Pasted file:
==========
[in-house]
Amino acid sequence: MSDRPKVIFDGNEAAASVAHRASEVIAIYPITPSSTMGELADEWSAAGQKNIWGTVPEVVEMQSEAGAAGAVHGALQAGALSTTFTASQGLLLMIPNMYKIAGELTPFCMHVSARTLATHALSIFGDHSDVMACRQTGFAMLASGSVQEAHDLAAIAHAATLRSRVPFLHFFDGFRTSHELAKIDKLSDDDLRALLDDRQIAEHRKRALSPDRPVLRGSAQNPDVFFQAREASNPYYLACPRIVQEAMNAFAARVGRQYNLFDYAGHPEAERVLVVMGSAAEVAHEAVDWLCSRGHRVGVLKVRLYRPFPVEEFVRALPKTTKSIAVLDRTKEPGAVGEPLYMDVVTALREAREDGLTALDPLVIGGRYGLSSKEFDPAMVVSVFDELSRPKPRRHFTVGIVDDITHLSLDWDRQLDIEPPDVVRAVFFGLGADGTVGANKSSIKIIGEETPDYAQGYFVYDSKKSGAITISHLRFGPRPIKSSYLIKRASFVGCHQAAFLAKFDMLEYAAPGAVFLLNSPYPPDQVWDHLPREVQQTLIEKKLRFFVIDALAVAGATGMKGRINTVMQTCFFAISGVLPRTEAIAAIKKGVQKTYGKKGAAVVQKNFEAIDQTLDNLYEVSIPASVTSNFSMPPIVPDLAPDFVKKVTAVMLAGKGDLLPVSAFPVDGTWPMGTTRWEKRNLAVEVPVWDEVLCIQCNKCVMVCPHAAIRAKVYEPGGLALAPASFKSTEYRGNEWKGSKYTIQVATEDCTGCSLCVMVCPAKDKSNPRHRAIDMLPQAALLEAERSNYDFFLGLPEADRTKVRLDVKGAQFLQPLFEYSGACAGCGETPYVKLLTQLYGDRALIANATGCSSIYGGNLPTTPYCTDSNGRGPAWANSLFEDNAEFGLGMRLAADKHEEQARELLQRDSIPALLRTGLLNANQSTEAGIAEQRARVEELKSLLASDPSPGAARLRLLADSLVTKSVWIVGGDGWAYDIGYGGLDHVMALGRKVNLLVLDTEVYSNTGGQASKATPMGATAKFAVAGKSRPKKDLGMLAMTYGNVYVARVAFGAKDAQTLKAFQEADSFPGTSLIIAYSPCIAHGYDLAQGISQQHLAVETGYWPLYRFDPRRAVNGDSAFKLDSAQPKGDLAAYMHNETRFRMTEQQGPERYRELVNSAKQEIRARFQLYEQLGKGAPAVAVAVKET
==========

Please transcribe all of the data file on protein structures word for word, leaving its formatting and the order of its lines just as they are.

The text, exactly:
[in-house]
Amino acid sequence: MSDRPKVIFDGNEAAASVAHRASEVIAIYPITPSSTMGELADEWSAAGQKNIWGTVPEVVEMQSEAGAAGAVHGALQAGALSTTFTASQGLLLMIPNMYKIAGELTPFCMHVSARTLATHALSIFGDHSDVMACRQTGFAMLASGSVQEAHDLAAIAHAATLRSRVPFLHFFDGFRTSHELAKIDKLSDDDLRALLDDRQIAEHRKRALSPDRPVLRGSAQNPDVFFQAREASNPYYLACPRIVQEAMNAFAARVGRQYNLFDYAGHPEAERVLVVMGSAAEVAHEAVDWLCSRGHRVGVLKVRLYRPFPVEEFVRALPKTTKSIAVLDRTKEPGAVGEPLYMDVVTALREAREDGLTALDPLVIGGRYGLSSKEFDPAMVVSVFDELSRPKPRRHFTVGIVDDITHLSLDWDRQLDIEPPDVVRAVFFGLGADGTVGANKSSIKIIGEETPDYAQGYFVYDSKKSGAITISHLRFGPRPIKSSYLIKRASFVGCHQAAFLAKFDMLEYAAPGAVFLLNSPYPPDQVWDHLPREVQQTLIEKKLRFFVIDALAVAGATGMKGRINTVMQTCFFAISGVLPRTEAIAAIKKGVQKTYGKKGAAVVQKNFEAIDQTLDNLYEVSIPASVTSNFSMPPIVPDLAPDFVKKVTAVMLAGKGDLLPVSAFPVDGTWPMGTTRWEKRNLAVEVPVWDEVLCIQCNKCVMVCPHAAIRAKVYEPGGLALAPASFKSTEYRGNEWKGSKYTIQVATEDCTGCSLCVMVCPAKDKSNPRHRAIDMLPQAALLEAERSNYDFFLGLPEADRTKVRLDVKGAQFLQPLFEYSGACAGCGETPYVKLLTQLYGDRALIANATGCSSIYGGNLPTTPYCTDSNGRGPAWANSLFEDNAEFGLGMRLAADKHEEQARELLQRDSIPALLRTGLLNANQSTEAGIAEQRARVEELKSLLASDPSPGAARLRLLADSLVTKSVWIVGGDGWAYDIGYGGLDHVMALGRKVNLLVLDTEVYSNTGGQASKATPMGATAKFAVAGKSRPKKDLGMLAMTYGNVYVARVAFGAKDAQTLKAFQEADSFPGTSLIIAYSPCIAHGYDLAQGISQQHLAVETGYWPLYRFDPRRAVNGDSAFKLDSAQPKGDLAAYMHNETRFRMTEQQGPERYRELVNSAKQEIRARFQLYEQLGKGAPAVAVAVKET